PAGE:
iOS 7.1: Deciphering the New Caps Lock

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Apple made several interface changes in iOS 7 that left us scratching our collective heads, and one that really stood out was the caps lock button on the on-screen keyboard. The company addressed that with iOS 7.1, but that doesn't mean it's any easier to figure out. Since we can't get inside your iPhone or iPad to do something better, we've made a handy graphic showing what each button state really means.

Here's what each caps button state means:

  • Grey button with a white arrow: Caps off
  • White button with a black arrow: Caps shift for a single character
  • White button with a black arrow and black underline: Caps lock on

Caps off (left), Shift on (center), Caps lock on (right)Caps off (left), Shift on (center), Caps lock on (right)

Apple may be a leader in interface designs, but that doesn't mean they always get it right. Luckily, they can keep making changes to items like on-screen keyboard elements since they're software-based. That's a lot easier than physically replacing the shift key on our keyboards.

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Mark Sheppard

I’m sure this is just ‘growing pains’ and we will get adjusted to it. But it seems to me that this would have been a very simple thing to make brain-dead intuitive from the very start, without having to second guess oneself. 

That being said, if this is the worst thing we have to deal with in iOS 7.1, our mobile computing life is pretty carefree.


I still wish they’d make the letter son the keyboard follow the caps status.

i.e. lower case letters when shift or capslock is not active and CAPITOL LETTERS WHEN IT IS ACTIVE

Lee Dronick

Good point iVoid, that would a very good indicator and perhaps helpful with other language keyboards.

John Martellaro

I agree with iVoid.  I’ve always wanted that lower/upper case shift. Android does it that way.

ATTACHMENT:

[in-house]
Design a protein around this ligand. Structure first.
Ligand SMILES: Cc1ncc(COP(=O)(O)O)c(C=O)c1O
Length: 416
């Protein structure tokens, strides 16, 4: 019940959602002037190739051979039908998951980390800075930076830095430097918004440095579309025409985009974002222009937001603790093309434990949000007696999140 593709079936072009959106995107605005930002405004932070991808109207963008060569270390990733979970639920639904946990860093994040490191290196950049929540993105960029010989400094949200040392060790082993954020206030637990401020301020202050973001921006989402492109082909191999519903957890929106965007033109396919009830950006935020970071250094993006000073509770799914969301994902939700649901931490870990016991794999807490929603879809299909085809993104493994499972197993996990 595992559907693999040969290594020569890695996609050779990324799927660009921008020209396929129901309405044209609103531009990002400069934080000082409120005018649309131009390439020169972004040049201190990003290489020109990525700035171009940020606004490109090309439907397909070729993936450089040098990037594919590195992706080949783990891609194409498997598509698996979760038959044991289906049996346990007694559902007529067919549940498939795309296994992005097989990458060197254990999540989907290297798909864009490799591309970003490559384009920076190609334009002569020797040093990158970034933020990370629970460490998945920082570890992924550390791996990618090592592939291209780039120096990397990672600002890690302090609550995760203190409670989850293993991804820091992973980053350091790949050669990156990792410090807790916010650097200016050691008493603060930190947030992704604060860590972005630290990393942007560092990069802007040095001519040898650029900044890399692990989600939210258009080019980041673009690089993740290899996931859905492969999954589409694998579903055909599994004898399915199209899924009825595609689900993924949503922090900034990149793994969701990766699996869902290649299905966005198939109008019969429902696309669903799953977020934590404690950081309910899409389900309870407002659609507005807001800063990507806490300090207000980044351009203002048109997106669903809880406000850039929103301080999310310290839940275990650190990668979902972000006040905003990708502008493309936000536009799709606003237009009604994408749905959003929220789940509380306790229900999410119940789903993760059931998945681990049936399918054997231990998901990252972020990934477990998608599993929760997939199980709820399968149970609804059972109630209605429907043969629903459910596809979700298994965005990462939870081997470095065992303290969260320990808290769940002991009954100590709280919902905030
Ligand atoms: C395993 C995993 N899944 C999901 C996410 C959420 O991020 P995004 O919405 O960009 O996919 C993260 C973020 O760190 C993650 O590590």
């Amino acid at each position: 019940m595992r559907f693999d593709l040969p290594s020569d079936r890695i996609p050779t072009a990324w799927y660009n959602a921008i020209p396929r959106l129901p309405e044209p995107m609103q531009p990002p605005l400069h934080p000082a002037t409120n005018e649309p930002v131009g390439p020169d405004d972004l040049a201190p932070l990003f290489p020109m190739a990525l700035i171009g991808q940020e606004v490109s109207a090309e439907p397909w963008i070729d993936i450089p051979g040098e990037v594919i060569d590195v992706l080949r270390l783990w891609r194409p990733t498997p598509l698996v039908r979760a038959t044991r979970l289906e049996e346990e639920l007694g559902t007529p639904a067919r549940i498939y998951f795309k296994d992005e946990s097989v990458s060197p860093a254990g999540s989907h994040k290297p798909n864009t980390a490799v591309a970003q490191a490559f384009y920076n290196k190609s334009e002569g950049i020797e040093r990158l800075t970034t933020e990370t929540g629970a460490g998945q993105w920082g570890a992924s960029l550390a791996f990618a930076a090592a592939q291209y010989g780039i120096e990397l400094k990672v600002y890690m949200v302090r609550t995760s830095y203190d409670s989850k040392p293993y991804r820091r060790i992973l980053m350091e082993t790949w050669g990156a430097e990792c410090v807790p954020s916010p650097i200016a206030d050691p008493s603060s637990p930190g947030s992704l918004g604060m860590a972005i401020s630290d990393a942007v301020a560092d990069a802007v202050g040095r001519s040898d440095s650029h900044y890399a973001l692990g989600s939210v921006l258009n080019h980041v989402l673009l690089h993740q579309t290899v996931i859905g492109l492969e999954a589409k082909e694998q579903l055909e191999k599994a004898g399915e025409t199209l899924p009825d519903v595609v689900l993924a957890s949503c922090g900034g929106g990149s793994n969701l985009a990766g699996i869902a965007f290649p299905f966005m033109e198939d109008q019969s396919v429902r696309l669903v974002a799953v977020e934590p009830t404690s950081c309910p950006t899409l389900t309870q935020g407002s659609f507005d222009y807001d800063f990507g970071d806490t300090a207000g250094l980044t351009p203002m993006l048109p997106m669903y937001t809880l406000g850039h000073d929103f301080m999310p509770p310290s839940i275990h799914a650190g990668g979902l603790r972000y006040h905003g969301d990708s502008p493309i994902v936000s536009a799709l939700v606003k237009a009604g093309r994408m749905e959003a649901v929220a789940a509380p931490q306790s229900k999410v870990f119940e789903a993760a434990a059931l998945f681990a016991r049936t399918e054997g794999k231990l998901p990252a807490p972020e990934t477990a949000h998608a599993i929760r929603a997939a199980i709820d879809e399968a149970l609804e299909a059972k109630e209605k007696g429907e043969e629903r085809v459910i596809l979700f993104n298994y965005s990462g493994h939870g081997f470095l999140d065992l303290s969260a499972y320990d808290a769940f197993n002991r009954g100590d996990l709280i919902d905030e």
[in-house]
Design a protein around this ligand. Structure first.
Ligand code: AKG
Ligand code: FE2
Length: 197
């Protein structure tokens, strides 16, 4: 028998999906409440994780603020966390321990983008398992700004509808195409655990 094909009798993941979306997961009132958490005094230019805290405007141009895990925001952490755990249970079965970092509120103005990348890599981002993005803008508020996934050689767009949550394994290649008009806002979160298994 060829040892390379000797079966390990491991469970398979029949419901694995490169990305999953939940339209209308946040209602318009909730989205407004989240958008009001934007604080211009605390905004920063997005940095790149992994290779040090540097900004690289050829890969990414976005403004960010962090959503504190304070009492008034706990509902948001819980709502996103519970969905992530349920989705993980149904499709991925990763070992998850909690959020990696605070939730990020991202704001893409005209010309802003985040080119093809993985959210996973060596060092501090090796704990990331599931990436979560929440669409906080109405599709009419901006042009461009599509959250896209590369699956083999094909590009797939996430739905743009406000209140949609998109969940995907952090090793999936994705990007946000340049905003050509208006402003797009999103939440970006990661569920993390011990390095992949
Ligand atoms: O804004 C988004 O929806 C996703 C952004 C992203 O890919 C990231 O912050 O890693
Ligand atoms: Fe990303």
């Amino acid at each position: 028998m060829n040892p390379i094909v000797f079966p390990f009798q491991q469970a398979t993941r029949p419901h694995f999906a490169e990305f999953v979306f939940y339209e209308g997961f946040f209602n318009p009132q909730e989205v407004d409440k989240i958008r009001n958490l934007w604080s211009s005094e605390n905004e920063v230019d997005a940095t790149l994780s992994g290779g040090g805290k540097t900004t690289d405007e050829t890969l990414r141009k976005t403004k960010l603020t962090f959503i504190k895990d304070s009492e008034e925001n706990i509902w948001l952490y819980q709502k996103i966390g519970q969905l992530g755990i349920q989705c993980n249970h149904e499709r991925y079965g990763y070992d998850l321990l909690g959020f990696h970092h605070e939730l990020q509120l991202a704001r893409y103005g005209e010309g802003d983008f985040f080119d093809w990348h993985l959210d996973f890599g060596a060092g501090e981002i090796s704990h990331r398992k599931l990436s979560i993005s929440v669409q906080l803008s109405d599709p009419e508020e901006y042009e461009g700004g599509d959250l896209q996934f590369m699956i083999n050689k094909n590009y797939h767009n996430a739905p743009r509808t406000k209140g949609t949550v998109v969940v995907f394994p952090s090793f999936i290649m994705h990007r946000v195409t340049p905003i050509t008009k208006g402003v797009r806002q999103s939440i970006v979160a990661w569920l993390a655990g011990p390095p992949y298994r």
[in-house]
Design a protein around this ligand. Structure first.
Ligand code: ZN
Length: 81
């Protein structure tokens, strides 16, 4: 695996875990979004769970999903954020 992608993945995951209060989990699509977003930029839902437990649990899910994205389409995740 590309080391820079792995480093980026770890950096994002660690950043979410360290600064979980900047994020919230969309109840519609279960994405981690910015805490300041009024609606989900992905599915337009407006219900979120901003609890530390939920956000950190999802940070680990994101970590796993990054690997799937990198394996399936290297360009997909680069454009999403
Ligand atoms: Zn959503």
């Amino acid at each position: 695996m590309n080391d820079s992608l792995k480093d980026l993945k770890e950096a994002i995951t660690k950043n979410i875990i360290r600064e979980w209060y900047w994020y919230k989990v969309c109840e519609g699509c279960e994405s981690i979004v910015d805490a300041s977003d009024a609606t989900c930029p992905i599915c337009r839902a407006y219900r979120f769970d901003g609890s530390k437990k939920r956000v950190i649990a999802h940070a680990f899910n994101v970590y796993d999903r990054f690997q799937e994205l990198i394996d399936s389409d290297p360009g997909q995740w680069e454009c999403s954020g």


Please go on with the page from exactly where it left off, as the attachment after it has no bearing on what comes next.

A voice of one… I found that it took about one second to incorporate the new Shift/Caps lock key into my memory. IOS 5 (and 6?) were not particularly intuitive (white arrow on glowing gray background for shift and white arrow on glowing blue background for Caps lock) but I got used to it. IOS 7.0 on the other hand changed to a white arrow on a black ground for shift and a black arrow on a gray background for Caps lock, and this I never was able to remember.
In IOS 7.1 the Shift/Caps lock key now changes (from a white arrow on a dark background) to a black arrow on white for shift and places a bar beneath the black arrow to indicate Caps lock. I much prefer this to IOSs prior to IOS 7 and to IOS 7.0 itself. It also seems to me, a voice of one, much more elegant.


Me too with the WYSIWYG upper/lowercase keyboard.

Also, how is it that the return key is bigger than the space bar/button?

Apple, are you listening?


I agree on the WYSIWYG upper/lower case keyboard.

On the shift key, the underline bar is the standard character for Caps Lock, so it makes absolute and immediate intuitive sense to me - that’s what I would have expected it to be!

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